A couple of weeks ago the spacecraft Voyager 1 reached the edge of the solar system, this pokey little neighbourhood we call home. In doing so it has extended it’s own record as being the furthest man-made object from planet earth. There isn’t exactly a threshold or boundary at which it can be said to be definitely outside the solar system, but in recent months scientists measuring data sent back to Earth by Voyager 1 have recorded a sudden rise in the presence of charged particles known to originate from interstellar space. Voyager 1 is now around 18 billion kilometres from the Sun, with its sister ship Voyager 2 a mere 15 billion kilometres away.
Launched in 1977, the Voyager programme has given us some of the most stunning planetary photographs of the solar system. They have visited Jupiter, Saturn, Uranus, and Neptune, as well as 48 of their moons. Each one meticulously photographed in exquisite detail. For the first time detailed images of the surface of Jupiter were sent back, along with photos of several of Jupiter’s moons, leading to several important discoveries such as the existence of planetary rings not observable from Earth as well as Volcanic activity on one of it’s moons – Io. When photographing Saturn, Voyager 1 was able to take incredible time-lapse images of the planet, showing powerful storms raging in its atmosphere.
Both Voyager 1 & 2 carry a golden disc, one which a summarised version of our planet is carried should the craft be found be alien life. The disc is a mixture of visual and audio information, carrying 116 images and a variety of natural sounds, such as those made by surf, wind, thunder and animals, including the songs of birds and whales. To this they added musical selections from different cultures and eras, spoken greetings in fifty-five languages, and printed messages from then US President Jimmy Carter and then U.N. Secretary-General Kurt Waldheim. The musical selection features artists such as Beethoven, Blind Willie Johnson and Chuck Berry. One of the leaders of the project, the great Carl Sagan, is supposedly said to have sarcastically argued against the inclusion of Johann Sebastian Bach on the grounds that it was ‘showing off’.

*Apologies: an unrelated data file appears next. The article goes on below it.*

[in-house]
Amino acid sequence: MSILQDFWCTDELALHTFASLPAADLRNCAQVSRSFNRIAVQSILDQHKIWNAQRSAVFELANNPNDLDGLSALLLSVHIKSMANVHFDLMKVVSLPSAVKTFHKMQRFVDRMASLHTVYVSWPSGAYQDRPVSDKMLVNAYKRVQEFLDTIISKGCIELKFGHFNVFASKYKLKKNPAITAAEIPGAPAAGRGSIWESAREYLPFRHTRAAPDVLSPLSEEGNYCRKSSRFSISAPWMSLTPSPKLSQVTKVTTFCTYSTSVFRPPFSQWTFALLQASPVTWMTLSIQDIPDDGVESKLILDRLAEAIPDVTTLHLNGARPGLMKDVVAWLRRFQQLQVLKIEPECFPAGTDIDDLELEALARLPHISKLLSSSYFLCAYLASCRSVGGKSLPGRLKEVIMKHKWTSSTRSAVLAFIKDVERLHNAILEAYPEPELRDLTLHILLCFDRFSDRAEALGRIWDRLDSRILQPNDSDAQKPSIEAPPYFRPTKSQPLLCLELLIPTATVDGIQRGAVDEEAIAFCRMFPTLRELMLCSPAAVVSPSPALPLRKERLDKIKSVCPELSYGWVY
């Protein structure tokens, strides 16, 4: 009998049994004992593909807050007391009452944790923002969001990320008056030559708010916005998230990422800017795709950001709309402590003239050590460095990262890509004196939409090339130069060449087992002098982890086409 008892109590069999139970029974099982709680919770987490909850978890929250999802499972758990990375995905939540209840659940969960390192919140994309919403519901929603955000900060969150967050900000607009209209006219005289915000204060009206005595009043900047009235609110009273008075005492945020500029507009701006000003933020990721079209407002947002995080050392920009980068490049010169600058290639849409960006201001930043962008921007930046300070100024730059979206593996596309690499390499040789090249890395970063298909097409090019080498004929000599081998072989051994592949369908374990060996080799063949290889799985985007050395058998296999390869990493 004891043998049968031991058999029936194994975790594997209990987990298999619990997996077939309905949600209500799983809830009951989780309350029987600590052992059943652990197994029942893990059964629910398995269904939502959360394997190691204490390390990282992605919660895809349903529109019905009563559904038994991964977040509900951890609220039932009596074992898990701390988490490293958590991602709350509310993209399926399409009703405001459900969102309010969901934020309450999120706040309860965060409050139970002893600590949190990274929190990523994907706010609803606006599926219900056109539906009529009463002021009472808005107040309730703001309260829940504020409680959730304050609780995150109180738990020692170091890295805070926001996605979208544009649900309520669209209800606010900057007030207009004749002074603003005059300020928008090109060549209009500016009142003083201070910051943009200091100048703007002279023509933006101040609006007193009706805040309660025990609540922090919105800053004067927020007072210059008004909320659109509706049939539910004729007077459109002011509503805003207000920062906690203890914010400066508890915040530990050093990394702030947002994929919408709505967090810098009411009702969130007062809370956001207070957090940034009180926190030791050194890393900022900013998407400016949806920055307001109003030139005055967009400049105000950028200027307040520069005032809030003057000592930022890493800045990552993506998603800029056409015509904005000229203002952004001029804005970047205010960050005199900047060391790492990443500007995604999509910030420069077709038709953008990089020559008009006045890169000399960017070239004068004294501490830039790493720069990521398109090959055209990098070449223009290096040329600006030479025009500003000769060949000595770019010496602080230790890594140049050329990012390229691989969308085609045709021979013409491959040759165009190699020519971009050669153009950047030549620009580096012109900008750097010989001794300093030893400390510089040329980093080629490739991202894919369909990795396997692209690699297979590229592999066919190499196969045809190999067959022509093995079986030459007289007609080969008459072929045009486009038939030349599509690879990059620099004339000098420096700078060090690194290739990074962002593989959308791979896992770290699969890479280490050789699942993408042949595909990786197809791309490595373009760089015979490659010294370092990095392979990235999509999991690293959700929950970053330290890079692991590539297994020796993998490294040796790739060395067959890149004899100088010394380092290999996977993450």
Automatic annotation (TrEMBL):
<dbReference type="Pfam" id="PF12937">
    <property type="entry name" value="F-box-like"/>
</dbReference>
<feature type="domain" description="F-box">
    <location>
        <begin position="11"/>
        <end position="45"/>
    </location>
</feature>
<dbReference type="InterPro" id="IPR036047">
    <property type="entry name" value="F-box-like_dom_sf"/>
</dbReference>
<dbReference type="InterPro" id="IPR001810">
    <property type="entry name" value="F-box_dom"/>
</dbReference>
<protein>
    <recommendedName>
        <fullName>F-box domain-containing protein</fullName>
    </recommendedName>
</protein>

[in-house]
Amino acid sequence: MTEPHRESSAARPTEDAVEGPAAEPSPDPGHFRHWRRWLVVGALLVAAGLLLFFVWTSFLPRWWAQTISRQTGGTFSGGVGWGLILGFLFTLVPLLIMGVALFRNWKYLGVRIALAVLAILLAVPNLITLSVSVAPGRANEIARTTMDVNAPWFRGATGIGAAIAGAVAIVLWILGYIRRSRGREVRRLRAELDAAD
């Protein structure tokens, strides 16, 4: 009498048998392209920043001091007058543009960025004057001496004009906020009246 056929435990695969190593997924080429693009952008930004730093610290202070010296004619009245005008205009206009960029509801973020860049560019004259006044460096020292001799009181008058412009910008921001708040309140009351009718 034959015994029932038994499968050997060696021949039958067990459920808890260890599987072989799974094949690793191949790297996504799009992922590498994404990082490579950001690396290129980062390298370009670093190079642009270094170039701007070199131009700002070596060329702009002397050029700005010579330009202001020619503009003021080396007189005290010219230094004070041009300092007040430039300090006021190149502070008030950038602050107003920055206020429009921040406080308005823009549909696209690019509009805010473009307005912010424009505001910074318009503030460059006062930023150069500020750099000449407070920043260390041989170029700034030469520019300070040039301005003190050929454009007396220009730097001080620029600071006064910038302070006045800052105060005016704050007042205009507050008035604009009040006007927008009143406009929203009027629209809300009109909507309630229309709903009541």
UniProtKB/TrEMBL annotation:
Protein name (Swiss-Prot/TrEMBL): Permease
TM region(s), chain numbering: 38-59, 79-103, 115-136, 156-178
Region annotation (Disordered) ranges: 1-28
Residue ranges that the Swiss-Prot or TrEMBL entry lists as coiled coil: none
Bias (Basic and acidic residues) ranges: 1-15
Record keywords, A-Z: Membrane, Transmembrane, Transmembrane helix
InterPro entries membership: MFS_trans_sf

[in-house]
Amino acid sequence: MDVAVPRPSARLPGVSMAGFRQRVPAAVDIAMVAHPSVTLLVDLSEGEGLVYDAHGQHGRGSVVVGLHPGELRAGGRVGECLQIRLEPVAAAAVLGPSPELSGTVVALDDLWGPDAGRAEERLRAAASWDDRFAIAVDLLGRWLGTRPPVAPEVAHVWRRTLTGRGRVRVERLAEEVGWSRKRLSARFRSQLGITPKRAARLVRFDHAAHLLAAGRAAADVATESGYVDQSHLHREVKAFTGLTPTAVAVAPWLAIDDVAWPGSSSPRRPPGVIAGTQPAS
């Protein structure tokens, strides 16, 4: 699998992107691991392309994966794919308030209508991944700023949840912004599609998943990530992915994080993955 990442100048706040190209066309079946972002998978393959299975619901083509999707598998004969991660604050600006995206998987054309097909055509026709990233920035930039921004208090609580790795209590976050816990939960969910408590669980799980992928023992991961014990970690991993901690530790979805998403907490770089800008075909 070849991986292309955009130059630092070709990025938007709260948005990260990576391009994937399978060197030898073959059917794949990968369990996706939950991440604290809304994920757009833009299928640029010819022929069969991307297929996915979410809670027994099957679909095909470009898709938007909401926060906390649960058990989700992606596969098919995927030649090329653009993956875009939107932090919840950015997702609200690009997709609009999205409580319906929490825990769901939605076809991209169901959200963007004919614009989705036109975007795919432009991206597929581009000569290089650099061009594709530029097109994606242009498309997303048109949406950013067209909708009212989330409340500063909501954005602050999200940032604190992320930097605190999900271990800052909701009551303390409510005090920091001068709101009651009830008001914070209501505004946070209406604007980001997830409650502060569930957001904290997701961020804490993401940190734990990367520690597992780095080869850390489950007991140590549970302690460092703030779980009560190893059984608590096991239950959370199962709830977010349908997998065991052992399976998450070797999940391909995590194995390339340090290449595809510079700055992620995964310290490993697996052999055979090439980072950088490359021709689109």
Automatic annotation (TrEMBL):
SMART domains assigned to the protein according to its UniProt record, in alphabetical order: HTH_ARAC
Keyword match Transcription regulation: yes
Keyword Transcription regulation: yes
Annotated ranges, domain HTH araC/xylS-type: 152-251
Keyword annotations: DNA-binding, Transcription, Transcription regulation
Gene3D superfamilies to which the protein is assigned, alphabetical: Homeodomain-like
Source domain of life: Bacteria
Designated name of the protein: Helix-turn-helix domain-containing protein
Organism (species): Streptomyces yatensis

Sadly the plutonium power sources on the Voyager probes are designed to last until 2025. When they die, the probes will continue their silent journey through space towards other stars in the Milky Way but they will no longer transmit data back to Earth. Estimates at when Voyager may come across another star are put at around 40,000 years. Sadly even if it were to find anything of interest it would not be able to send anything back to Earth. It’s only on the edge of the Solar System after 35 years, and already it takes 16 hours and 38 minutes to transmit data back to Earth. When it does finally run out of power, the Voyager project will go down as one of the great feats of human endeavour and exploration ever undertaken.